(George Santos, R-N.Y., became the sixth lawmaker ever—and the first Republican—to be booted from the House of Representatives, closing the New York Republican’s fraught 11-month tenure in Congress.Rep.
Three Democrat Confederates were previously expelled from Congress in 1861 following the South’s secession, and more recently two Democrats have been removed following criminal convictions of bribery: Michael J. Myers of Pennsylvania in 1980 and James Traficant of Ohio in 2002.
Santos’s Republican colleagues opted to throw him under the bus on the strength of a damning internal ethics report that said he had been uncooperative with investigative efforts rather than wait for a guilty verdict in a pending federal fraud trial.
It immediately winnows the GOP’s razor-thin majority to eight, with the likelihood that Santos’s seat will now flip blue again and make it a margin of only seven.
And yet, his expulsion seemed to be one of the few things on which the gridlocked Congress has been able to reach a strong bipartisan consensus.
Santos had survived two previous expulsion votes led by fellow New York Republicans. However, in the third vote on Friday, 105 Republicans joined nearly all Democrats in the vote to remove him.
In November, a House Ethics subcommittee issued a scathing report that concluded Santos likely committed campaign fraud and other ethical violations.
The panel said its investigation determined that there is “substantial evidence” that Santos filed “false or incomplete reports” with the Federal Election Commission, used campaign funds for personal purposes and engaged in fraudulent conduct in violation of House rules.
“Representative Santos sought to fraudulently exploit every aspect of his House candidacy for his own personal financial profit,” the subcommittee said in its report.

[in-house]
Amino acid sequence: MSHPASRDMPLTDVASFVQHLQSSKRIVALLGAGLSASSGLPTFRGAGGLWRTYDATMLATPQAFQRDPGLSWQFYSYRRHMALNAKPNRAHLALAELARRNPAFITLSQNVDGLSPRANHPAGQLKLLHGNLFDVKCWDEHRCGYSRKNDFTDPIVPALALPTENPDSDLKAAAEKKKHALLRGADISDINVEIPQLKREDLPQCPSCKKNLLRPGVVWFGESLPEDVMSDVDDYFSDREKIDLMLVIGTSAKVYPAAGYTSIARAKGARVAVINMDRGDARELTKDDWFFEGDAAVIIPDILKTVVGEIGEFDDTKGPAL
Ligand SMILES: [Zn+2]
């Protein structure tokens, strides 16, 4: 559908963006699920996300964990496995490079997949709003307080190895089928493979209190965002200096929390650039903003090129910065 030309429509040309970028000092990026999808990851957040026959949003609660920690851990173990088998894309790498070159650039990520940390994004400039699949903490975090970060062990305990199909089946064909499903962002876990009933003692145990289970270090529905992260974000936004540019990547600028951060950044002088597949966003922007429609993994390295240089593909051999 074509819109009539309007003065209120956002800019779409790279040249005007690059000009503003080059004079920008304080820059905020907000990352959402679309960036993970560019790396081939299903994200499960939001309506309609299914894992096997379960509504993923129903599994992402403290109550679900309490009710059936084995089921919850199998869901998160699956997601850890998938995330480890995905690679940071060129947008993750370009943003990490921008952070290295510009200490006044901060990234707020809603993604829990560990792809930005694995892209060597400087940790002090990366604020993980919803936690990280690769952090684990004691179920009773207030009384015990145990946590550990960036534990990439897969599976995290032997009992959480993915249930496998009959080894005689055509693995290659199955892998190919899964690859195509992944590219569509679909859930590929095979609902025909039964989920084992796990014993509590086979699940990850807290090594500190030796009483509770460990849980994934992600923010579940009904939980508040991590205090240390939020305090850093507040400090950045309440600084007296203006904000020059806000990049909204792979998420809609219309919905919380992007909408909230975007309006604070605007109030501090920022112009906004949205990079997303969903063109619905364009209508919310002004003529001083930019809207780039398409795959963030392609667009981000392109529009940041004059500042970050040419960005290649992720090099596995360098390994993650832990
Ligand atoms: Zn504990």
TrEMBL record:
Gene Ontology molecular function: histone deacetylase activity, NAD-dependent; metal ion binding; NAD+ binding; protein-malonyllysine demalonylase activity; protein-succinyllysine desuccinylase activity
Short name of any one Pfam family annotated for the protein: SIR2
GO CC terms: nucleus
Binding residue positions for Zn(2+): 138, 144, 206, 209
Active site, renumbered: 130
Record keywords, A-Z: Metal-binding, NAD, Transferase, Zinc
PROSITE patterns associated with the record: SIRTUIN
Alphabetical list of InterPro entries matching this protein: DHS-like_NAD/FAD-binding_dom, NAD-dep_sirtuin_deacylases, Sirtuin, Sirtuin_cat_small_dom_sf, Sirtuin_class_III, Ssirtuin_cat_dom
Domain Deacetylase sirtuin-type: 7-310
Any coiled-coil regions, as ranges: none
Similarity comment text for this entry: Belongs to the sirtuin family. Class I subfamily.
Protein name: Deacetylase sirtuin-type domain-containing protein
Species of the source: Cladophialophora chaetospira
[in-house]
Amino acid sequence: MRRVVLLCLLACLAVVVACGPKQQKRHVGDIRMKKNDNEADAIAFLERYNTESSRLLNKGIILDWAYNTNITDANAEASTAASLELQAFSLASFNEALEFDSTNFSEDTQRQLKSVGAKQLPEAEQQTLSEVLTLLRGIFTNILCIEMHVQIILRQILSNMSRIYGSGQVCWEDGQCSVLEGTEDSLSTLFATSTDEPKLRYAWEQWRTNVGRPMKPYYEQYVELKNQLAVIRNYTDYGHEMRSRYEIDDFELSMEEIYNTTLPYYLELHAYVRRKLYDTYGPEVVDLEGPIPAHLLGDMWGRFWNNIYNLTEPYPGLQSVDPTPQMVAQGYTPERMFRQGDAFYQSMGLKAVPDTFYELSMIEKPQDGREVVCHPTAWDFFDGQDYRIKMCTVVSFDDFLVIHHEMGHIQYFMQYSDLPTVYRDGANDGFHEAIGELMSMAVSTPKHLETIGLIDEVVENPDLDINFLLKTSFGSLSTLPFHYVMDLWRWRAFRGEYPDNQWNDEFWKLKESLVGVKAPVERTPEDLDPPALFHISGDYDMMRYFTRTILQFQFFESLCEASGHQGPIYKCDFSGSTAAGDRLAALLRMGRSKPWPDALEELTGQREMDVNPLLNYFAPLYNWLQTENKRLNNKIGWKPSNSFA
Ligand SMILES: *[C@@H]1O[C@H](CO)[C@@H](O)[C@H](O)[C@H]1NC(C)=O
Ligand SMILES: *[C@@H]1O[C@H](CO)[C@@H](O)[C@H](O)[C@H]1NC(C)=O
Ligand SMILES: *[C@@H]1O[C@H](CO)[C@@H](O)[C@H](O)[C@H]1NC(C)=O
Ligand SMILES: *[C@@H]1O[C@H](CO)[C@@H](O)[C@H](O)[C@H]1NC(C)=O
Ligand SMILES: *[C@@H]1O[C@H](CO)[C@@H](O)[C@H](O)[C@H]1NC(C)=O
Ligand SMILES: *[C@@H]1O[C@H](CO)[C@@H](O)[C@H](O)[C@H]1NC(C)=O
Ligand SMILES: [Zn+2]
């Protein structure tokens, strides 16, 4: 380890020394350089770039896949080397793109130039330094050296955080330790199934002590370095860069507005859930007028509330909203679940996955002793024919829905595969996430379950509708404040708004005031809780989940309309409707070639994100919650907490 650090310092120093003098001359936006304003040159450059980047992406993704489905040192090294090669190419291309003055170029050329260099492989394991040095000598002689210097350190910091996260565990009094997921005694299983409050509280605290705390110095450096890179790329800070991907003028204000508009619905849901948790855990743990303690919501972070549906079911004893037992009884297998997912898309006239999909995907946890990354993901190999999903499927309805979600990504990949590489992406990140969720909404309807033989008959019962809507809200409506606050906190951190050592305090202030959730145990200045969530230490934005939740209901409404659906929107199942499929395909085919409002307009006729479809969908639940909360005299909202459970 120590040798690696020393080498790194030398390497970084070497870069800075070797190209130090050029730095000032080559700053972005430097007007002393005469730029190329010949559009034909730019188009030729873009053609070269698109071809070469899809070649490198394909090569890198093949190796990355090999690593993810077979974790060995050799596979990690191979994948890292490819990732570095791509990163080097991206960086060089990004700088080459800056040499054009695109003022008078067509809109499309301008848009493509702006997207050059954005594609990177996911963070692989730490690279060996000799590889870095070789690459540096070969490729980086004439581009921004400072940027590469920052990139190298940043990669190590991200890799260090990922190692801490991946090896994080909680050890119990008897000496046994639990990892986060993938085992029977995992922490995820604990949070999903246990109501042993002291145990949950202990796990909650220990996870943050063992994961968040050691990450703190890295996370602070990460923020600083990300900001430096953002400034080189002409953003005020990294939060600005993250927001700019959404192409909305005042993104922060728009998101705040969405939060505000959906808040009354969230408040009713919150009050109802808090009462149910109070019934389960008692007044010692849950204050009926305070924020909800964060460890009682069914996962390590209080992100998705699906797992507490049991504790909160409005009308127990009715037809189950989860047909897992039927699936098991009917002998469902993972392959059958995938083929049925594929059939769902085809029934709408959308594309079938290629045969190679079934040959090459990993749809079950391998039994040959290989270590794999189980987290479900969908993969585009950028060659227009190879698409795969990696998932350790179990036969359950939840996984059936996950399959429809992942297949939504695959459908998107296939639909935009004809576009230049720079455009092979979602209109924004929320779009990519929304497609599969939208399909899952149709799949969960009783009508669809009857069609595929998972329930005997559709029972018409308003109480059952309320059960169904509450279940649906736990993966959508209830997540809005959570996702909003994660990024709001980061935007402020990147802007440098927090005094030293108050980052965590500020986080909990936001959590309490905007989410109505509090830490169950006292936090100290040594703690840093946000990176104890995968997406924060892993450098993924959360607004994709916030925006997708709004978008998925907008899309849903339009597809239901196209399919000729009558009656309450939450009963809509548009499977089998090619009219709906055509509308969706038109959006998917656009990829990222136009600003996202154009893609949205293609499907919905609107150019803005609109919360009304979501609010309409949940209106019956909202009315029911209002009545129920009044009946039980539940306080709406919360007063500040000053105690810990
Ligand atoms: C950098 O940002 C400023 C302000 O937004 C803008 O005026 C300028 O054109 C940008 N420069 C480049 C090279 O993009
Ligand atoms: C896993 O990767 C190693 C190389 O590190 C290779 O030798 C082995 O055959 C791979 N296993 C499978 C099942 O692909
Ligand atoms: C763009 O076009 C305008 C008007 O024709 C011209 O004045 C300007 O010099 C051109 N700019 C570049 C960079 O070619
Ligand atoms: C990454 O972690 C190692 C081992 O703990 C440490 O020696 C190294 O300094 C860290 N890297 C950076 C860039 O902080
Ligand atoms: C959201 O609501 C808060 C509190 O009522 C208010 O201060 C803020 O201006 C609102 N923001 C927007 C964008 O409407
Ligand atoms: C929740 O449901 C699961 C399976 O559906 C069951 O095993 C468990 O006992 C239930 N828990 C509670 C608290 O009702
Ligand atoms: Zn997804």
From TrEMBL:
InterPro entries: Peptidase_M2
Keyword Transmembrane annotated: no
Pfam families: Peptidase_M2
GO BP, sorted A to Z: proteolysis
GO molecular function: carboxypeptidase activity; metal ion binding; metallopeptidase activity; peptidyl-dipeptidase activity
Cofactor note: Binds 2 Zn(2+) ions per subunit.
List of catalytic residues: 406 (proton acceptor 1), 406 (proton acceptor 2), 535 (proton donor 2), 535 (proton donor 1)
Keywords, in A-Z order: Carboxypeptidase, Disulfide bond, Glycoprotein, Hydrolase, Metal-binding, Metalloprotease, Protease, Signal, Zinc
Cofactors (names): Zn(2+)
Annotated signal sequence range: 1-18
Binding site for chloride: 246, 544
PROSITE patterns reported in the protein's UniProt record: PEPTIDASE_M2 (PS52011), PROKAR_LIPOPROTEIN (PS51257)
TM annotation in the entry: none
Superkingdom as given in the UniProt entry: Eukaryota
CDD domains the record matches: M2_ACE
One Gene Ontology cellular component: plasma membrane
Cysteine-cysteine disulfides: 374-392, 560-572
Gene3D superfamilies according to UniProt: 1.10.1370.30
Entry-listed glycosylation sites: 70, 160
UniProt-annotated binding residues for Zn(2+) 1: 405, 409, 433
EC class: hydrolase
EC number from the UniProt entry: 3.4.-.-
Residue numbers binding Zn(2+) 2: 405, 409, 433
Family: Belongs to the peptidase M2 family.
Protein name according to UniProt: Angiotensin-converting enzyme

Santos’s conduct “warrants public condemnation, is beneath the dignity of the office, and has brought severe discredit upon the House,” it said.
“Representative George Santos cannot be trusted. At nearly every opportunity, he placed his desire for private gain above his duty to uphold the Constitution, federal law, and ethical principles,” according to the Ethics Committee report.
The committee unanimously voted to refer the evidence of Santos’s alleged violations to the Justice Department.
Santos also faces federal charges on 23 counts of fraud, including money laundering and identity theft. Federal prosecutors in New York allege that Santos and his former campaign treasurer, Nancy Marks, submitted false financial reports to the Federal Election Commission, inflating his fundraising numbers.
They also allege he fraudulently collected over $24,000 in unemployment insurance benefits. A previous indictment filed in May against Santos charged him with embezzling money from his campaign and lying to Congress about his income, among other allegations.
Santos previously admitted faking his résumé and lying about his educational background but said that he hadn’t broken the law or crossed any ethical lines.
Santos also faces a Federal Elections Commission complaint alleging his campaign engaged in a “straw donor scheme” to conceal the sources of a $705,000 personal loan to his campaign.